In our quest to find what makes humans unique, we often compare ourselves with our closest relatives: the great apes. But when it comes to understanding the quintessential human capacity for language, scientists are finding that the most tantalizing clues lie farther afield.
Human language is made possible by an impressive aptitude for vocal learning. Infants hear sounds and words, form memories of them, and later try to produce those sounds, improving as they grow up. Most animals cannot learn to imitate sounds at all. Though nonhuman primates can learn how to use innate vocalizations in new ways, they don’t show a similar ability to learn new calls. Interestingly, a small number of more distant mammal species, including dolphins and bats, do have this capacity. But among the scattering of nonhuman vocal learners across the branches of the bush of life, the most impressive are birds—hands (wings?) down.
Parrots, songbirds, and hummingbirds all learn new vocalizations. The calls and songs of some species in these groups appear to have even more in common with human language, such as conveying information intentionally and using simple forms of some of the elements of human language such as phonology, semantics, and syntax. And the similarities run deeper, including analogous brain structures that are not shared by species without vocal learning.
These parallels have motivated an explosion of research in recent decades, says ethologist Julia Hyland Bruno of Columbia University, who studies social aspects of song learning in zebra finches. “Lots of people have made analogies between language and birdsong,” she says.
Hyland Bruno studies zebra finches because they are more social than most migratory birds—they like to travel in small bands that occasionally gather into larger groups. “I’m interested in how it is that they learn their culturally transmitted vocalizations in these groups,” says Hyland Bruno, coauthor of a paper in the 2021 Annual Review of Linguistics comparing birdsong learning and culture with human language.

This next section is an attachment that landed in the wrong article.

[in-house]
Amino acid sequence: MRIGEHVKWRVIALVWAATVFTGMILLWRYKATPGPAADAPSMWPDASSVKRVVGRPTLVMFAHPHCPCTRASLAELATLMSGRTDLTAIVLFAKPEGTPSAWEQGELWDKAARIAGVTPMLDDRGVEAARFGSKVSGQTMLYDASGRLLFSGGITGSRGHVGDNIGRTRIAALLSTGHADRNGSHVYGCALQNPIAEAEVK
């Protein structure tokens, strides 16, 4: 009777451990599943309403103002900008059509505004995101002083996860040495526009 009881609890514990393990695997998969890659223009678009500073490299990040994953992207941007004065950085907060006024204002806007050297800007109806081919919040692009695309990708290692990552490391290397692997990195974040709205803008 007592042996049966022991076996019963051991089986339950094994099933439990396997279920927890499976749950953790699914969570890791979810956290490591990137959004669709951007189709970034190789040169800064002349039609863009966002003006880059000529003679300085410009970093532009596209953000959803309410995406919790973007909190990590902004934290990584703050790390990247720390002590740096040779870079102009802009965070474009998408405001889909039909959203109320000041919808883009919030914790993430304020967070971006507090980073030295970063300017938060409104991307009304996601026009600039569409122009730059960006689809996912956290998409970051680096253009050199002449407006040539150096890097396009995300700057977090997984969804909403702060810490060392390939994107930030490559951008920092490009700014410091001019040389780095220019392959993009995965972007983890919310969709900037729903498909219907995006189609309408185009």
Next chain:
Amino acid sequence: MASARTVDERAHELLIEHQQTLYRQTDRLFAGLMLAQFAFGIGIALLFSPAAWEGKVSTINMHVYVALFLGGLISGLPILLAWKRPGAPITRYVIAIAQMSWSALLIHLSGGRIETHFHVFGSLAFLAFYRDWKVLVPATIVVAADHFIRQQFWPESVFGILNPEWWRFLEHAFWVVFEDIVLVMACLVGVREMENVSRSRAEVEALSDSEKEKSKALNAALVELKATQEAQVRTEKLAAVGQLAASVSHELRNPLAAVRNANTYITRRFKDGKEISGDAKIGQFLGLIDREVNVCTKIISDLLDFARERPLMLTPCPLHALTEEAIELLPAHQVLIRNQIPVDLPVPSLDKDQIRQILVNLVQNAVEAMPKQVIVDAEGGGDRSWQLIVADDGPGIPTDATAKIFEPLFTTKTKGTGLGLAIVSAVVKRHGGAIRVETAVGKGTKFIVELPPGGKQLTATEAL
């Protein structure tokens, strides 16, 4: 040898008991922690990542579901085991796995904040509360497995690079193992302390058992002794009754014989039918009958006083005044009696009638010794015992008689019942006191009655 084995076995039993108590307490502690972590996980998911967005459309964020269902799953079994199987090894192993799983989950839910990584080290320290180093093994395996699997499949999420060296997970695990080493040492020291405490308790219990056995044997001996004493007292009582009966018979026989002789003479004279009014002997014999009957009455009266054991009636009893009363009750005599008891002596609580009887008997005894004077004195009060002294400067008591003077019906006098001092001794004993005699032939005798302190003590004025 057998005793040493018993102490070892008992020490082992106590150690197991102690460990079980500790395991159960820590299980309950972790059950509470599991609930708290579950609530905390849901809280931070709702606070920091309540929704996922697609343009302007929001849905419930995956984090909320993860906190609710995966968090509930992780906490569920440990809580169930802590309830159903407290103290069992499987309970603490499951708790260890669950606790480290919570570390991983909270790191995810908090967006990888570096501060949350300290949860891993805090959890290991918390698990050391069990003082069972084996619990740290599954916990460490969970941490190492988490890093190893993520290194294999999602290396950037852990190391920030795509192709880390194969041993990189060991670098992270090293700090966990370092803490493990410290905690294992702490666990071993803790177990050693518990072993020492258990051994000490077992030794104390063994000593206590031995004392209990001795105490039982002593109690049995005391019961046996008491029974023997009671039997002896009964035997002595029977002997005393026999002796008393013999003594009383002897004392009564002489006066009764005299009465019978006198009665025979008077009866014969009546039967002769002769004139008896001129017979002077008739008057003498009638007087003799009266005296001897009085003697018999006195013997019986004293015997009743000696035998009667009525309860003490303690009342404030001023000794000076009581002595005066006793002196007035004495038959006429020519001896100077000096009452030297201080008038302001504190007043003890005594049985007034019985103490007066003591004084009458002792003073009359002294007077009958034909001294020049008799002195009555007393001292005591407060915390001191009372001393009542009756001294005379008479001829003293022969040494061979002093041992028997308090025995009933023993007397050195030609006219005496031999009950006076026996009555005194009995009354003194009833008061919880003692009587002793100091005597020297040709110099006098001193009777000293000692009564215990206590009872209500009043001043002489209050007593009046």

Both birdsong and language are passed culturally to later generations through vocal learning. Geographically distant populations of the same bird species can make small tweaks to their songs over time, eventually resulting in a new dialect—a process similar in some ways to how humans develop different accents, dialects, and languages.
With all these similarities in mind, it’s reasonable to ask if birds themselves have language. It may come down to how you define it.
“I wouldn’t say they have language in the way linguistic experts define it,” says neuroscientist Erich Jarvis of the Rockefeller University in New York City and a coauthor of Hyland Bruno’s paper on birdsong and language. But for scientists like Jarvis who study the neurobiology of vocal communication in birds, “I would say they have a remnant or a rudimentary form of what we might call spoken language.
“It’s like the word ‘love.’ You ask lots of people what does it mean, and you’re going to get a lot of different meanings. Which means that it’s partly a mystery.”
There are multiple components to spoken language, Jarvis says, and some are shared by more species than others. A fairly common component is auditory learning, like a dog figuring out how to respond to the spoken command “sit.” The vocal learning that humans and some birds do is one of the most specialized components, but all of them are shared to some degree by other animals, he says.
The grammar of bird calls
One key element of human language is semantics, the connection of words with meanings. Scientists had long thought that unlike our words, animal vocalizations were involuntary, reflecting the emotional state of the animal without conveying any other information. But over the last four decades, numerous studies have shown that various animals have distinct calls with specific meanings.
Many bird species use different alarm calls for different predators. Japanese tits, which nest in tree cavities, have one call that causes their chicks to crouch down to avoid being pulled out of the nest by crows, and another call for tree snakes that sends the chicks jumping out of the nest entirely. Siberian jays vary their calls depending on whether a predatory hawk is seen perching, looking for prey, or actively attacking—and each call elicits a different response from other nearby jays. And black-capped chickadees change the number of “dees” in their characteristic call to indicate the relative size and threat of predators.